Looking out the window of the high speed ferry, the project looks massive. There are dozens, or maybe hundreds of barges with cranes mounted on top putting the last touches on the enormous bridge.
It’s considered the world’s largest infrastructure project. The scale is hard to comprehend, especially when you see it in person.
At over 50 kilometers long, the actual bridge is a site to be seen. But, that’s not really the incredible part of this project.
This new road that connects Hong Kong to Macau and Zhuhai is part road, part border crossing, part man-made islands, and part undersea tunnel. Just the idea of creating this route is a big deal, let alone actually making it a reality.
Here is how the journey will work, if you are in Hong Kong and you want to go to Macau or Zhuhai:
You get in a vehicle in Hong Kong and drive to the beginning of the bridge, which is located near Hong Kong’s Chek Lap Kok International Airport. Here, at the beginning of the bridge, you pass through border control, which means you are leaving the Special Administrative Region (SAR) of Hong Kong.
Once you pass through this border crossing, you are on a bridge, which is essentially no-man’s land in terms of what jurisdiction you are in. (You’re ultimately in China, but you don’t need a Chinese visa to be on the bridge.)
As you begin your journey on the first length of bridge, you eventually reach a man made island, which means you are now driving on actual land as opposed to over the water. This land that you are driving on was built from fill rocks and dirt from the surrounding area.
On this first man-made island you continue driving into a tunnel which dives down into the earth, well over 100 feet deep, until you are eventually underneath the sea. This tunnel continues under the sea for six kilometers.
At the end of the tunnel, you continue driving until you pop up onto another man-made island, which then continues to the second length of bridge.
On this second length of bridge, you drive over the water until you reach another border control area. Here, you choose if you want to go to Zhuhai (in China) or into the SAR of Macau. Depending on your choice (and what visa you have) you are then sent on your way after you’ve cleared the immigration check point.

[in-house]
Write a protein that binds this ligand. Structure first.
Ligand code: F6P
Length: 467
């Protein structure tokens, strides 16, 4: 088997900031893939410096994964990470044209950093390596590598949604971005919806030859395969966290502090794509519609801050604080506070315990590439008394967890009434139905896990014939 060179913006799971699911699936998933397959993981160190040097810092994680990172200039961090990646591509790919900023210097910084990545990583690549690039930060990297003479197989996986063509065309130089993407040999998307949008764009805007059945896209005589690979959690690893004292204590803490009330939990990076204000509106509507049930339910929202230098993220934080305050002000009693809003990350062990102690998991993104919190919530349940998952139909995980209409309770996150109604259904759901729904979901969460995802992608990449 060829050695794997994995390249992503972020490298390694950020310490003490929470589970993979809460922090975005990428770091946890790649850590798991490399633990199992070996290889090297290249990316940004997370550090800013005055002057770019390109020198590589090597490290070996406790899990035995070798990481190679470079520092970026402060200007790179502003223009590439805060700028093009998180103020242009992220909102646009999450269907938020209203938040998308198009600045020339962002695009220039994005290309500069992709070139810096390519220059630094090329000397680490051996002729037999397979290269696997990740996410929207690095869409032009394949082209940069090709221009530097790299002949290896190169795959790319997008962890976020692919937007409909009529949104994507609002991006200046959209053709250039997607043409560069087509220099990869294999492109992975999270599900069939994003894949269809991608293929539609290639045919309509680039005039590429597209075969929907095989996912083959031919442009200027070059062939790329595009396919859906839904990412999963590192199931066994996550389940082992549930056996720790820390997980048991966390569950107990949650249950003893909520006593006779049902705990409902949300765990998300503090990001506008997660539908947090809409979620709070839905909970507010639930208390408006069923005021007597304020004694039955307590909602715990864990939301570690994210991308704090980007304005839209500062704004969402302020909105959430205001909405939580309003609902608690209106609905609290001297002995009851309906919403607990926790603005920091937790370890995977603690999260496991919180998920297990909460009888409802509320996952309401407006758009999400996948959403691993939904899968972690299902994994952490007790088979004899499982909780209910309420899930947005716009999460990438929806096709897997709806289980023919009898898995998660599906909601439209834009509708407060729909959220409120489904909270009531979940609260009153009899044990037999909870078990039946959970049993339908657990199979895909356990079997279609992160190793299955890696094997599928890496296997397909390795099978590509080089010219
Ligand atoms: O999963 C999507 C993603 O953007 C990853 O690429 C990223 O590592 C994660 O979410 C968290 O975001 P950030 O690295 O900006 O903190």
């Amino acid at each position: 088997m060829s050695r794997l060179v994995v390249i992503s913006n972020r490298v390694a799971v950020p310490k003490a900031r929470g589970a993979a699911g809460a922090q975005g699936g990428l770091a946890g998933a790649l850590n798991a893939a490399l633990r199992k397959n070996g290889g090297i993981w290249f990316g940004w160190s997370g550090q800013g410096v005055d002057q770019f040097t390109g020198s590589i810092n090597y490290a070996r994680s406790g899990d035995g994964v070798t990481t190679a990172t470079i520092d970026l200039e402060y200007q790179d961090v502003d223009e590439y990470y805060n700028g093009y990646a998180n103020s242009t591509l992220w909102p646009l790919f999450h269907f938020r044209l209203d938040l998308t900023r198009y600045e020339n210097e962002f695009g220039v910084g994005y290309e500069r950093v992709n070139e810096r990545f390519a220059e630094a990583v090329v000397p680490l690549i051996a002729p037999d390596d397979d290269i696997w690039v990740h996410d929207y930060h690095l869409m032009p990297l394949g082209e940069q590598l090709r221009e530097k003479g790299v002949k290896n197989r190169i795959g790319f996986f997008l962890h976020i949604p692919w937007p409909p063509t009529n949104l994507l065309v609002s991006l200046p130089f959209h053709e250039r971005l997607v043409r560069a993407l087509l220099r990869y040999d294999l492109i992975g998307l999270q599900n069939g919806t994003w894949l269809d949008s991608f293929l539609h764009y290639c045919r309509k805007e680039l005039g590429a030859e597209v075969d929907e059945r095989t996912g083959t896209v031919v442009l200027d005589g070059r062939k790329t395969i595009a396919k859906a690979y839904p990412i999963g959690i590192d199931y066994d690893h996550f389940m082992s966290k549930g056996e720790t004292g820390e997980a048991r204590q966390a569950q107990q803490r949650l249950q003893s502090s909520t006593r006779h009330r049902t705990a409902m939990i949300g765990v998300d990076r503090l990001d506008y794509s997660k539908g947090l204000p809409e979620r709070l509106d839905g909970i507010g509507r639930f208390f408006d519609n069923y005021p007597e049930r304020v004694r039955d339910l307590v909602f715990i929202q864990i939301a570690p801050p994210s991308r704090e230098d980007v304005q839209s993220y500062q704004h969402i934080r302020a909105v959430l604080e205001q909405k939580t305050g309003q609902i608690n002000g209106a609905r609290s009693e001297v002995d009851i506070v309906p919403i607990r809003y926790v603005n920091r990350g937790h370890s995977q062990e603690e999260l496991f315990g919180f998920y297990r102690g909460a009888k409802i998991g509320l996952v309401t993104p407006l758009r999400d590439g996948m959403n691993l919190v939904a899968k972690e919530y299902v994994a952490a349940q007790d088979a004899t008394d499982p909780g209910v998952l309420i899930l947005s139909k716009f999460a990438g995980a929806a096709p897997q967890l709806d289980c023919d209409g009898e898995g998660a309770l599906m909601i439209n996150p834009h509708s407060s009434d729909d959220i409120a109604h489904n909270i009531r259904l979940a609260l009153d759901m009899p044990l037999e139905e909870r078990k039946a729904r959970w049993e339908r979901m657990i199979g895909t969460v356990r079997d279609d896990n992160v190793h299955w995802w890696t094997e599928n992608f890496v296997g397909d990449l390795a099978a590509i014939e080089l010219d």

The journey in the opposite direction is the same exact process, with all of those steps being in reverse.
This new route will not only be faster than taking a ferry or driving around the Pearl River Delta, but it will also be much more efficient. People and goods can now be transported 24/7 across the bay, which is a region with one of the world’s largest populations and economies.
In other words, this massive infrastructure project is going to increase the productivity of an area that is already near the top of the world economy.
So, what investment opportunities does this new project present?
Well, unless you are incredibly connected to the Chinese government, you’re going to want to focus only on things that will be affected by the bridge. Here are just three ideas:
- Tourism. This is glaringly obvious. Hong Kong and Macau are top tourist destinations for the region and are only growing in popularity for foreigners throughout the world. Our last trip with the Explorer Partnership is a perfect example of this, as we visited both Hong Kong and Macau via the ferry route.
- Trade and business. If you are an entrepreneur that is looking for the next venture, this entire region is oozing opportunity. This bridge, in addition to many other infrastructure projects (like the new high-speed train from Hong Kong to Shenzhen), is making it easier and easier to do business. Long bus rides and inefficient border crossings are becoming inconveniences of the past. As time goes on, this whole area is becoming streamlined and will continue to attract business and talent.
- Boats. These high speed ferries will very quickly lose passengers, who will choose to take the faster bridge instead of the slower and more expensive ferry. So what will happen to these ferries? They’ll need to be re-purposed. There are literally dozens of other up and coming regions throughout China and Asia that will gladly put these incredible boats to use. Whoever can figure out that transition is sure to make a handsome profit.
It’s worth noting that a special license plate is required to cross this bridge, as vehicles have to be registered to operate in multiple different jurisdictions.
Right now, these license plates are selling for up to a quarter million US dollars!
So, obviously, most people wanting to cross this bridge will use bus services that no doubt will be leveraging the license plates that they will have to pay a pretty penny for.
I’m sure there are dozens of other investment and business opportunities that will arise from this bridge. Who will be the ones to figure it out?